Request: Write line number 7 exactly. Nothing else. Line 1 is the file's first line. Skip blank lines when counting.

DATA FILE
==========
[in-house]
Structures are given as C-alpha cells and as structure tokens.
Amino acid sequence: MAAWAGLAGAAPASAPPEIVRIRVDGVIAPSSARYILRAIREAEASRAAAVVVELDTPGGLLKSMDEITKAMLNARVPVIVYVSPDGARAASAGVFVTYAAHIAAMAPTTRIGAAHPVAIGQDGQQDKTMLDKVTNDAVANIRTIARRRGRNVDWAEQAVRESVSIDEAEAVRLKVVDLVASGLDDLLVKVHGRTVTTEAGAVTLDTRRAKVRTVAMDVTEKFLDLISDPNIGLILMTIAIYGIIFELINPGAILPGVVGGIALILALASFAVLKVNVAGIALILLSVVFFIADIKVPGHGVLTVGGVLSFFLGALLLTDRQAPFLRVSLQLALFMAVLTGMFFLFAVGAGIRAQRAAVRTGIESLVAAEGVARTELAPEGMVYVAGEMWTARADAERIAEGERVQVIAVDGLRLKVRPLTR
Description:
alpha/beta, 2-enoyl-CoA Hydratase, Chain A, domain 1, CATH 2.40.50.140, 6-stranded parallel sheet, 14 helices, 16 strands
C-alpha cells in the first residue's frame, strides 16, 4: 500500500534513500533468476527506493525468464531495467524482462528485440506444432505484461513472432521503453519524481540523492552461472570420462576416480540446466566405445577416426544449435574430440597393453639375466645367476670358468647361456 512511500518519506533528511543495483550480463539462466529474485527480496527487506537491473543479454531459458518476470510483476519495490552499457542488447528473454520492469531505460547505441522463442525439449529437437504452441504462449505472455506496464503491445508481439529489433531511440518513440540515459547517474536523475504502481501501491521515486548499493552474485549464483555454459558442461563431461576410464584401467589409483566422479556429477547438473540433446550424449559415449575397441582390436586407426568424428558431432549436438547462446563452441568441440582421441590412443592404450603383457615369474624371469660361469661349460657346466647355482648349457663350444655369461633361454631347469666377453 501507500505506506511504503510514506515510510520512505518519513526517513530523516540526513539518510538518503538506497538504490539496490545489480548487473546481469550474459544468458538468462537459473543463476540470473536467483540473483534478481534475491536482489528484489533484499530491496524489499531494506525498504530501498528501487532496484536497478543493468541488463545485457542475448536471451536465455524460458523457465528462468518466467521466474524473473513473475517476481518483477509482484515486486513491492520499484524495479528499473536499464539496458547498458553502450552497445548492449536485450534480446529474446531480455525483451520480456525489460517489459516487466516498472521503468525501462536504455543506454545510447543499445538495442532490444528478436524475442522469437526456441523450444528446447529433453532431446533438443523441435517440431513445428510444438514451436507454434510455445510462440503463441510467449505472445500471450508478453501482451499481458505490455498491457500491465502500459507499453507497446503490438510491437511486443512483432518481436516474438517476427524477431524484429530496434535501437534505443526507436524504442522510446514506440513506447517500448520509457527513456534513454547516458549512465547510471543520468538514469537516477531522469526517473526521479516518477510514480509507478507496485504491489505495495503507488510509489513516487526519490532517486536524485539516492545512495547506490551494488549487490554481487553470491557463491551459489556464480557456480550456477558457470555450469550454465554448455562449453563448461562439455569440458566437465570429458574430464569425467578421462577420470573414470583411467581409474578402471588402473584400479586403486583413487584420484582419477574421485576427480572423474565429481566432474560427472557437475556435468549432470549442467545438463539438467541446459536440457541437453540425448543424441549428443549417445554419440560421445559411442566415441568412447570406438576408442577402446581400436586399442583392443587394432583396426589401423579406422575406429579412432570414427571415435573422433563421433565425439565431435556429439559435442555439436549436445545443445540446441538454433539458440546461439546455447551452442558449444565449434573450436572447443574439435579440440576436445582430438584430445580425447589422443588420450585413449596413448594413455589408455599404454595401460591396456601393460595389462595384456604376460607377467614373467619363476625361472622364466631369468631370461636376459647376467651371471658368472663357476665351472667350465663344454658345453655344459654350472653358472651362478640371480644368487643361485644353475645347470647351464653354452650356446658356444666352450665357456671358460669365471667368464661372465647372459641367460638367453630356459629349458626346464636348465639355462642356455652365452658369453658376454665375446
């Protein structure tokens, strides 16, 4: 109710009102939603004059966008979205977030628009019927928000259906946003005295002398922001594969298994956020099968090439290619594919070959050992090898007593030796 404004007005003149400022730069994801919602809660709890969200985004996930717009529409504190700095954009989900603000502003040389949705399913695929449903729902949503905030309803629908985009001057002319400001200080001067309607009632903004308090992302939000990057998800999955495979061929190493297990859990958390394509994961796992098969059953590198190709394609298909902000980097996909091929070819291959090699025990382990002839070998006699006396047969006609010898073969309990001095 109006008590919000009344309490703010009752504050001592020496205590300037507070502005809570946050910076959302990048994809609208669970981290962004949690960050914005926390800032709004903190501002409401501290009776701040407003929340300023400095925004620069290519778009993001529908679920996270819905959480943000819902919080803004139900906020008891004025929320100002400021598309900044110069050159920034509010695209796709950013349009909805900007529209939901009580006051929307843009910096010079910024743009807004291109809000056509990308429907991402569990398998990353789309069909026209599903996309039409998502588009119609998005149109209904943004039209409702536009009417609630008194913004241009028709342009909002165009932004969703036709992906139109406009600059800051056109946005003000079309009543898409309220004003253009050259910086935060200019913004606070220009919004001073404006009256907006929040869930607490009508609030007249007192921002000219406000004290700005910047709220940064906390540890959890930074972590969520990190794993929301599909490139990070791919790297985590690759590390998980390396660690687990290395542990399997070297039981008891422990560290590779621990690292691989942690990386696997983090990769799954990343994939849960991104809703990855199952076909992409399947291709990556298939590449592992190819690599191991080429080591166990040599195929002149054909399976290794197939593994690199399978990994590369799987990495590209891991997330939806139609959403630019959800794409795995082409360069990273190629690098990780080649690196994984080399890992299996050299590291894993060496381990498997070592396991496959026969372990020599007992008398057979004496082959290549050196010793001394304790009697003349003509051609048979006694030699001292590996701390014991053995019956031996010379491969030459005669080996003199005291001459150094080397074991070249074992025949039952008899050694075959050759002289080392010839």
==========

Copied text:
């Protein structure tokens, strides 16, 4: 109710009102939603004059966008979205977030628009019927928000259906946003005295002398922001594969298994956020099968090439290619594919070959050992090898007593030796 404004007005003149400022730069994801919602809660709890969200985004996930717009529409504190700095954009989900603000502003040389949705399913695929449903729902949503905030309803629908985009001057002319400001200080001067309607009632903004308090992302939000990057998800999955495979061929190493297990859990958390394509994961796992098969059953590198190709394609298909902000980097996909091929070819291959090699025990382990002839070998006699006396047969006609010898073969309990001095 109006008590919000009344309490703010009752504050001592020496205590300037507070502005809570946050910076959302990048994809609208669970981290962004949690960050914005926390800032709004903190501002409401501290009776701040407003929340300023400095925004620069290519778009993001529908679920996270819905959480943000819902919080803004139900906020008891004025929320100002400021598309900044110069050159920034509010695209796709950013349009909805900007529209939901009580006051929307843009910096010079910024743009807004291109809000056509990308429907991402569990398998990353789309069909026209599903996309039409998502588009119609998005149109209904943004039209409702536009009417609630008194913004241009028709342009909002165009932004969703036709992906139109406009600059800051056109946005003000079309009543898409309220004003253009050259910086935060200019913004606070220009919004001073404006009256907006929040869930607490009508609030007249007192921002000219406000004290700005910047709220940064906390540890959890930074972590969520990190794993929301599909490139990070791919790297985590690759590390998980390396660690687990290395542990399997070297039981008891422990560290590779621990690292691989942690990386696997983090990769799954990343994939849960991104809703990855199952076909992409399947291709990556298939590449592992190819690599191991080429080591166990040599195929002149054909399976290794197939593994690199399978990994590369799987990495590209891991997330939806139609959403630019959800794409795995082409360069990273190629690098990780080649690196994984080399890992299996050299590291894993060496381990498997070592396991496959026969372990020599007992008398057979004496082959290549050196010793001394304790009697003349003509051609048979006694030699001292590996701390014991053995019956031996010379491969030459005669080996003199005291001459150094080397074991070249074992025949039952008899050694075959050759002289080392010839």